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When one hears the words Sesame Street. the young and not so young have memories flood back to them, not just from your childhood, but catching an episode in your teens, or watching with your children, and the connections we have with the program and its residents. Sesame Street has been delivering a message of acceptance and inclusivity with grace for over 50 years. Did I mention it also manages to teach The Three R’s with song and dance and life lessons all rolled into a universally-pleasing package? Street Gang: How We Got to Sesame Street, an HBO Original documentary, shows us how a gang of visionary creators changed our world.

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Sonia Manzano, who played a Sesame Street resident Maria for 44 years, describes the inital impact the program had on her. “It was a stunning image. I remember being stunned when I saw the show for the first time. I was a college student at Carnegie Mellon University, and there was James Earl Jones reciting the alphabet. And then, they cut to Susan, the African American actress Loretta Long, on this urban street. And I was stunned because I am Puerto Rican, from the Bronx, and I was raised in the ’50s, loved television, never saw anybody who looked like me. And I began to feel on some level that I was invisible. I didn’t know what I would contribute to a society that was determined not to see me. So when I saw that show, I was absolutely thrilled.”


When asked how she planned to portray Maria, she repsonds, “I became Maria and never lost sight of myself as a little kid watching television. I watched television to find comfort and order in what seemed to me a tumultuous world. So when I became Maria, I never forgot that. And I always assumed that some kid was out there watching me, looking for the same comfort that I looked to find on Leave It To Beaver except this is going to be better (laughter) because I was one of them.”


Director Marilyn Agrelo set the scene for the premiere of this history-making program. “So in 1969, Sesame Street unveils, and there is a African American couple who live in the same neighborhood with their white neighbors. Yes, with Big Bird and several other Muppets, but it’s a very integrated cast, the first time this is ever seen on television. In Jackson, Miss., the public television station received a lot of complaints, and they stopped airing the show. Miraculously, a commercial station in Jackson said if the public station won’t air it, then we will. This is just an example of how groundbreaking this was. It’s quite something.”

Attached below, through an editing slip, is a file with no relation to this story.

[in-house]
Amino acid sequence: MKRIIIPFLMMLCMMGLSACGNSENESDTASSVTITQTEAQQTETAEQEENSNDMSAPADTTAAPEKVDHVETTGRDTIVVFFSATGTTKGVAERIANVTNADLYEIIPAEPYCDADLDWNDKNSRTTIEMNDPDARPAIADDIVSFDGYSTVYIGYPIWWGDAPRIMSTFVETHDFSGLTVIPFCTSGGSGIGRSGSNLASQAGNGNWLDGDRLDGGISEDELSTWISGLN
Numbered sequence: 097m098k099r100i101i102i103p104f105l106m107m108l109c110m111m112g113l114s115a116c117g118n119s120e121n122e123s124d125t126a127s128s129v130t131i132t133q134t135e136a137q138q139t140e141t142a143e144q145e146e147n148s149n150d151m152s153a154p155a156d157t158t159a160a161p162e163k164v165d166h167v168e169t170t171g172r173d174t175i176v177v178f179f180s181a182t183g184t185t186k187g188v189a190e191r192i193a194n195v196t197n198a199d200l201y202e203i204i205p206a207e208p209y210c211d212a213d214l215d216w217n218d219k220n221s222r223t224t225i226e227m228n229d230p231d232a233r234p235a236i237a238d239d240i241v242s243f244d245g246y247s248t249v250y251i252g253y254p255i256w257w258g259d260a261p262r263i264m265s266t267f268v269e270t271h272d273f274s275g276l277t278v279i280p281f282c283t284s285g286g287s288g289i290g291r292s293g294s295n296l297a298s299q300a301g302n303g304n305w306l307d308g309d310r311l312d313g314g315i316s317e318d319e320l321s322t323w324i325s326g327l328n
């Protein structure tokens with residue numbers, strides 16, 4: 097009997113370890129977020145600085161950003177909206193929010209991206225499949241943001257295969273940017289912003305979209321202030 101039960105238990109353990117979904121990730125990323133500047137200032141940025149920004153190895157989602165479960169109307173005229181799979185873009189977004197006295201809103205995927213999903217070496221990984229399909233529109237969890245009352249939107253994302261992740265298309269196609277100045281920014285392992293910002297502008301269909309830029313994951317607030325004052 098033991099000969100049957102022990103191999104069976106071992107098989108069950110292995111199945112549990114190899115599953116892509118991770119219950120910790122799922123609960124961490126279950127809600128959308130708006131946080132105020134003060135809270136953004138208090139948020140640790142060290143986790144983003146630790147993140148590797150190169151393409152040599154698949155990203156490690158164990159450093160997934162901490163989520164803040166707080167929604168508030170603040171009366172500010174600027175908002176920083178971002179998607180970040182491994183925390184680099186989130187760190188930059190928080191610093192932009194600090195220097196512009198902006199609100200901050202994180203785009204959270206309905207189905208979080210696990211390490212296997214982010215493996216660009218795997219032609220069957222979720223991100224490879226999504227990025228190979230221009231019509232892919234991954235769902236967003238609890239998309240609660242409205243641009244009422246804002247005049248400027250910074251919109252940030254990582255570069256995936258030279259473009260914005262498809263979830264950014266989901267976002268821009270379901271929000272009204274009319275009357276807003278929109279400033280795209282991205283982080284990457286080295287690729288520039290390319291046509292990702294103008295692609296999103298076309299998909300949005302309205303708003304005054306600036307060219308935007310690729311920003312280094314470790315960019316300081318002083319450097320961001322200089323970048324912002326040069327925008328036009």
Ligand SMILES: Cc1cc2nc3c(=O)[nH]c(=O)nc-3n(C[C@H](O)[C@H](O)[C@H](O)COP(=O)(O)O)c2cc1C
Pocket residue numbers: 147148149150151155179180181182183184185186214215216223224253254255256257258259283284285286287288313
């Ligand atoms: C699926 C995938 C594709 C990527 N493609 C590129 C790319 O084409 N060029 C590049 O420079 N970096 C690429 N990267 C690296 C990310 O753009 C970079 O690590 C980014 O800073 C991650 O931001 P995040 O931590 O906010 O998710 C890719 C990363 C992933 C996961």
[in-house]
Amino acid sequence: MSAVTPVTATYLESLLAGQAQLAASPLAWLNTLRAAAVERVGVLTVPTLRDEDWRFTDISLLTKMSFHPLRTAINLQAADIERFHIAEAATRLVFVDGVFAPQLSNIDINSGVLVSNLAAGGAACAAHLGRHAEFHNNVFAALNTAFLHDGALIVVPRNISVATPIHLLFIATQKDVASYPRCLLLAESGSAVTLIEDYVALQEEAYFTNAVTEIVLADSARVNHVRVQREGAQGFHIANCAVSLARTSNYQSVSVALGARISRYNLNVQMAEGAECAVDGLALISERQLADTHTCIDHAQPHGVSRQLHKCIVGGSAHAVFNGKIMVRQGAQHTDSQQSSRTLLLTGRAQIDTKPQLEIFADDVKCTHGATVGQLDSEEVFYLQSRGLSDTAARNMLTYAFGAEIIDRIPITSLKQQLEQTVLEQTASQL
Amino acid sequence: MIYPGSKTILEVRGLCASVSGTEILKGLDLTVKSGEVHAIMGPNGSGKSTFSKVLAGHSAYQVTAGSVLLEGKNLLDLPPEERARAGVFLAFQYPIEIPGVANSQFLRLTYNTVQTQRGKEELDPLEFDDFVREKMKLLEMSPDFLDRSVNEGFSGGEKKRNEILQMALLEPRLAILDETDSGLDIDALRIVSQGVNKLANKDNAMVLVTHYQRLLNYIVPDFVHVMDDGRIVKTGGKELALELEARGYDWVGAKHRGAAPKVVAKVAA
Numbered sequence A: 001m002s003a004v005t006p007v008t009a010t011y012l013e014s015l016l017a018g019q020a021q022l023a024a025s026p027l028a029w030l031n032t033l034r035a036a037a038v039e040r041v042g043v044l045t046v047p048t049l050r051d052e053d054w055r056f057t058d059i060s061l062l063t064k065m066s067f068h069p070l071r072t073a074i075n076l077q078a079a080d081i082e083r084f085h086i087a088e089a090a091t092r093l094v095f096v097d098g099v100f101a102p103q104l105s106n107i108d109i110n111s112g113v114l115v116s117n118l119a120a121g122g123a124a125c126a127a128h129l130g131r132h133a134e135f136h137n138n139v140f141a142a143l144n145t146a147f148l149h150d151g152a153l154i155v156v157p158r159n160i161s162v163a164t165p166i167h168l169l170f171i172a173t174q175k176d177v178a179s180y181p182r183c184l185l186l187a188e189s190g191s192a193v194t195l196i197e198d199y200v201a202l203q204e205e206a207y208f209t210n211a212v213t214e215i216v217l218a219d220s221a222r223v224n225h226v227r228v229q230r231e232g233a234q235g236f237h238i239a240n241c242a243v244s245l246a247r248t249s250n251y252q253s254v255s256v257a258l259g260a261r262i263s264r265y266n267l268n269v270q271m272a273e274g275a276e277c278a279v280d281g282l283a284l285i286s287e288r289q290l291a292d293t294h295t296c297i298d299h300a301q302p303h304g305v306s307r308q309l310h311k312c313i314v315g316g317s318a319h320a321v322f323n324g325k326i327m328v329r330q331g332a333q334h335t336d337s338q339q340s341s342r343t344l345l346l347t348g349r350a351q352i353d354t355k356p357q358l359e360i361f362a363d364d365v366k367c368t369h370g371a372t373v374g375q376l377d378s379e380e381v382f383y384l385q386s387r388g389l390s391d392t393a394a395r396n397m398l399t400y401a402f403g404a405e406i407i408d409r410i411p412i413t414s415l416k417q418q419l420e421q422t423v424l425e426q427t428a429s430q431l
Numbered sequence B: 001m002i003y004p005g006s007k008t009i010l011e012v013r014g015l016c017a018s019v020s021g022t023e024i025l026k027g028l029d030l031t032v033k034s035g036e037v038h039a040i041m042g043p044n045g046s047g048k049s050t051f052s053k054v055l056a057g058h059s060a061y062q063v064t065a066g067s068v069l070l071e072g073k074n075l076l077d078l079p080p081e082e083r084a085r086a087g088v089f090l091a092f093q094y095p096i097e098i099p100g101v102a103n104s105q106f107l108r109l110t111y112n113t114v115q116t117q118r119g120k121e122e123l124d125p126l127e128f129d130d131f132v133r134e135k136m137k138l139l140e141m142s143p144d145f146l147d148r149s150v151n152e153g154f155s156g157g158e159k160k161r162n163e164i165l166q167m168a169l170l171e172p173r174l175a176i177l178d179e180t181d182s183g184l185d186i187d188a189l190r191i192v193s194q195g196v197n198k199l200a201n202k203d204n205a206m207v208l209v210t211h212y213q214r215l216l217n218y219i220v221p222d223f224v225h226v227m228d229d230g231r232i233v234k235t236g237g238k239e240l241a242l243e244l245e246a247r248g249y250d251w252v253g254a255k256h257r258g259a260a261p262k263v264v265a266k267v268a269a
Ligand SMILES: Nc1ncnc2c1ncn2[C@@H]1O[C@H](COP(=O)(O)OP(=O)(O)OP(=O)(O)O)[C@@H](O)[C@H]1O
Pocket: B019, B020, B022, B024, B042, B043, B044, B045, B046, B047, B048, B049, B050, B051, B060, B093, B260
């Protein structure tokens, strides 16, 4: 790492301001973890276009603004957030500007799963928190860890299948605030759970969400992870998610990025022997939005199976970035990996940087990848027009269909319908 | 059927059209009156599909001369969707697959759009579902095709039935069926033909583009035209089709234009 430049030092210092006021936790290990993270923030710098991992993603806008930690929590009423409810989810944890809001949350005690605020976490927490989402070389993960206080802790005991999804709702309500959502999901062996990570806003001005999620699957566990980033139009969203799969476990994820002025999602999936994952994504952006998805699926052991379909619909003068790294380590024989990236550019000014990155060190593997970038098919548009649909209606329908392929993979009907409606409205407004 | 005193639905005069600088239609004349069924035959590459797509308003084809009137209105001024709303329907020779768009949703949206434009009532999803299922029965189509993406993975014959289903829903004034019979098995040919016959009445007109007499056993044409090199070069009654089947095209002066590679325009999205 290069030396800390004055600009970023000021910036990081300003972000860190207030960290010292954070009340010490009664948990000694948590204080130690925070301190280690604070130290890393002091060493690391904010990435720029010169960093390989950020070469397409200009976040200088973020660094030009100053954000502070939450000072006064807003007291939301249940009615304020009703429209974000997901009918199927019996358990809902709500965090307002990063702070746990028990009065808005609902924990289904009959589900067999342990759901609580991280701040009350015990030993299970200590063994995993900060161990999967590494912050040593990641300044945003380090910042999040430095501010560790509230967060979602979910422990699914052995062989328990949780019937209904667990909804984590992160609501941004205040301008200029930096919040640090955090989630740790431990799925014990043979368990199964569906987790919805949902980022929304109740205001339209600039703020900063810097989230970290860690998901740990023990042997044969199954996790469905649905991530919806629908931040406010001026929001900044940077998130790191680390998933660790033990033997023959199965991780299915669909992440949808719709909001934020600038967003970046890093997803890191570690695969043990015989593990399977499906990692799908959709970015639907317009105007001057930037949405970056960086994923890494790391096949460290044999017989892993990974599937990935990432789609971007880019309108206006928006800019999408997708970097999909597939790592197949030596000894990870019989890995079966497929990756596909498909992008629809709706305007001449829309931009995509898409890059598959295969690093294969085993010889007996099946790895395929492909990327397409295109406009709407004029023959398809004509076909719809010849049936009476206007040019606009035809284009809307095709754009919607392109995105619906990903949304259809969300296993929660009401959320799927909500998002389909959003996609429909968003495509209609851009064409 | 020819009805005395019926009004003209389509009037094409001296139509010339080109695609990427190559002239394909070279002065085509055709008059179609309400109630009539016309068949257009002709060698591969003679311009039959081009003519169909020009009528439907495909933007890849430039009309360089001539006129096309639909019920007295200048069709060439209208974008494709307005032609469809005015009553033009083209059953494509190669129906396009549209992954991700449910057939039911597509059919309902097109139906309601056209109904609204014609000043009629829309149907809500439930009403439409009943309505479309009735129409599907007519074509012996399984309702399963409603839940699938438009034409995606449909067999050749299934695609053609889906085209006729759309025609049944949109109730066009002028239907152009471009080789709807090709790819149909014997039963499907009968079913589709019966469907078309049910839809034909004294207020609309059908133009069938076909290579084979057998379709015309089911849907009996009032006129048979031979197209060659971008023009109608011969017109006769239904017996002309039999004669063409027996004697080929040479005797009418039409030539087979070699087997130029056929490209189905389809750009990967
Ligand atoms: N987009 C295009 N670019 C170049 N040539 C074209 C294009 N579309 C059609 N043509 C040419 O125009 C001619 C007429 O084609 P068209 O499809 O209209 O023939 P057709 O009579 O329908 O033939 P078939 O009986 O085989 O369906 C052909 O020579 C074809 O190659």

When Argrelo is asked if the show has stayed close to its roots, these 50 years later, of explaining the modern world to children, she shares with an example, “I think Sesame Street is addressing the world as it is in the same way that they did then. I know that they have started writing moments where they’re explaining what a protest is. Certainly, every child in America has seen the Black Lives Matter protests in the streets and sort of the upheaval that’s happening in our society again, like it did in 1969. So Sesame Street continues to try to interpret the world with authenticity to really help explain to them what is happening around them.”


Sesame Street has been punk rock since its inception, and they have an embarrassment of riches in the stars who are honored and awed to be immersed in the neighborhood surrounded by old friends of their youth. Check out Billie Eilish and Dave Grohl crooning with the gang. Case closed.

Street Gang: How We Got to Sesame Street premieres December 13 on HBO Max.

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